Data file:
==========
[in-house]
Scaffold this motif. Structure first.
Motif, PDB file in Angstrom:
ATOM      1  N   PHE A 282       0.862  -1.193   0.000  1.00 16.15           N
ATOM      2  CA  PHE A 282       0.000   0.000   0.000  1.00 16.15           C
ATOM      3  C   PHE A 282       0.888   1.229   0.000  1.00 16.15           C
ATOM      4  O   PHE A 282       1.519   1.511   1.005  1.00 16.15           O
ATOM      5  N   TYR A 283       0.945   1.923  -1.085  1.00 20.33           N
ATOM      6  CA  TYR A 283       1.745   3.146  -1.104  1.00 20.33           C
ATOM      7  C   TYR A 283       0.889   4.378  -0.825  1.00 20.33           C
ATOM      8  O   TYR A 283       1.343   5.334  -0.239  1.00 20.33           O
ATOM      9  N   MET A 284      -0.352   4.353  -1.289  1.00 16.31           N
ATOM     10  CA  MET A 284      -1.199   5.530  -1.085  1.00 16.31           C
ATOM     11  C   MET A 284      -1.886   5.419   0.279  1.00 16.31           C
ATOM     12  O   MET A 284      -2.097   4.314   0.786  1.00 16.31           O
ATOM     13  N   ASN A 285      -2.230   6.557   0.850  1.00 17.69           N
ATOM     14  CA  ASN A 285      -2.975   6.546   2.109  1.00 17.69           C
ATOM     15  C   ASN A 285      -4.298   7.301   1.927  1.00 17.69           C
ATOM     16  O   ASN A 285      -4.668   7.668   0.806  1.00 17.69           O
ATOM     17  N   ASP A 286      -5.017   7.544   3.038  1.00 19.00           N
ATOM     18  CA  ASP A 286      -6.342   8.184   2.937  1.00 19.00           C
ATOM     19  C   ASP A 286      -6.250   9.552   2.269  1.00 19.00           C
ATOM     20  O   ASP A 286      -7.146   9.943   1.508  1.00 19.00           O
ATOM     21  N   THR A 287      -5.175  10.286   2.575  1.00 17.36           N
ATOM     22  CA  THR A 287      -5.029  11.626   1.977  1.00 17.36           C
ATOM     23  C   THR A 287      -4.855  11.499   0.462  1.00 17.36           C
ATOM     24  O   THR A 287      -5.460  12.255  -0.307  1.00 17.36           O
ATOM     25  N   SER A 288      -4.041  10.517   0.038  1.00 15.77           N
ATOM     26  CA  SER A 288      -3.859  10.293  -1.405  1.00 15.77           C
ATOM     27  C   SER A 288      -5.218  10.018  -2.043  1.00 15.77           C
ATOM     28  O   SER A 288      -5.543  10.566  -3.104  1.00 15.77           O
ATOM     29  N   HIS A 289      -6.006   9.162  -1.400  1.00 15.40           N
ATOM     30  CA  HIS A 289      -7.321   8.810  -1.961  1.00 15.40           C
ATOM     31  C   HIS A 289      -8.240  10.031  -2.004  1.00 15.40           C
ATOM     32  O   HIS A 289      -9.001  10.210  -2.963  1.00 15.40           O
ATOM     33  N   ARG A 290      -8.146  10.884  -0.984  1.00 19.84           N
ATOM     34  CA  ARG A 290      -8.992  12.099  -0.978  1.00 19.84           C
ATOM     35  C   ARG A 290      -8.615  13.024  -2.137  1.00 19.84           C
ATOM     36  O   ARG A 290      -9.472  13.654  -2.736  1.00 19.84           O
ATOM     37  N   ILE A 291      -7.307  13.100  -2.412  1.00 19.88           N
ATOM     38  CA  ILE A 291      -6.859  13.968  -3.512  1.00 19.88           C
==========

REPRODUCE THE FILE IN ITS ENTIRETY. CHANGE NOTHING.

[in-house]
Scaffold this motif. Structure first.
Motif, PDB file in Angstrom:
ATOM      1  N   PHE A 282       0.862  -1.193   0.000  1.00 16.15           N
ATOM      2  CA  PHE A 282       0.000   0.000   0.000  1.00 16.15           C
ATOM      3  C   PHE A 282       0.888   1.229   0.000  1.00 16.15           C
ATOM      4  O   PHE A 282       1.519   1.511   1.005  1.00 16.15           O
ATOM      5  N   TYR A 283       0.945   1.923  -1.085  1.00 20.33           N
ATOM      6  CA  TYR A 283       1.745   3.146  -1.104  1.00 20.33           C
ATOM      7  C   TYR A 283       0.889   4.378  -0.825  1.00 20.33           C
ATOM      8  O   TYR A 283       1.343   5.334  -0.239  1.00 20.33           O
ATOM      9  N   MET A 284      -0.352   4.353  -1.289  1.00 16.31           N
ATOM     10  CA  MET A 284      -1.199   5.530  -1.085  1.00 16.31           C
ATOM     11  C   MET A 284      -1.886   5.419   0.279  1.00 16.31           C
ATOM     12  O   MET A 284      -2.097   4.314   0.786  1.00 16.31           O
ATOM     13  N   ASN A 285      -2.230   6.557   0.850  1.00 17.69           N
ATOM     14  CA  ASN A 285      -2.975   6.546   2.109  1.00 17.69           C
ATOM     15  C   ASN A 285      -4.298   7.301   1.927  1.00 17.69           C
ATOM     16  O   ASN A 285      -4.668   7.668   0.806  1.00 17.69           O
ATOM     17  N   ASP A 286      -5.017   7.544   3.038  1.00 19.00           N
ATOM     18  CA  ASP A 286      -6.342   8.184   2.937  1.00 19.00           C
ATOM     19  C   ASP A 286      -6.250   9.552   2.269  1.00 19.00           C
ATOM     20  O   ASP A 286      -7.146   9.943   1.508  1.00 19.00           O
ATOM     21  N   THR A 287      -5.175  10.286   2.575  1.00 17.36           N
ATOM     22  CA  THR A 287      -5.029  11.626   1.977  1.00 17.36           C
ATOM     23  C   THR A 287      -4.855  11.499   0.462  1.00 17.36           C
ATOM     24  O   THR A 287      -5.460  12.255  -0.307  1.00 17.36           O
ATOM     25  N   SER A 288      -4.041  10.517   0.038  1.00 15.77           N
ATOM     26  CA  SER A 288      -3.859  10.293  -1.405  1.00 15.77           C
ATOM     27  C   SER A 288      -5.218  10.018  -2.043  1.00 15.77           C
ATOM     28  O   SER A 288      -5.543  10.566  -3.104  1.00 15.77           O
ATOM     29  N   HIS A 289      -6.006   9.162  -1.400  1.00 15.40           N
ATOM     30  CA  HIS A 289      -7.321   8.810  -1.961  1.00 15.40           C
ATOM     31  C   HIS A 289      -8.240  10.031  -2.004  1.00 15.40           C
ATOM     32  O   HIS A 289      -9.001  10.210  -2.963  1.00 15.40           O
ATOM     33  N   ARG A 290      -8.146  10.884  -0.984  1.00 19.84           N
ATOM     34  CA  ARG A 290      -8.992  12.099  -0.978  1.00 19.84           C
ATOM     35  C   ARG A 290      -8.615  13.024  -2.137  1.00 19.84           C
ATOM     36  O   ARG A 290      -9.472  13.654  -2.736  1.00 19.84           O
ATOM     37  N   ILE A 291      -7.307  13.100  -2.412  1.00 19.88           N
ATOM     38  CA  ILE A 291      -6.859  13.968  -3.512  1.00 19.88           C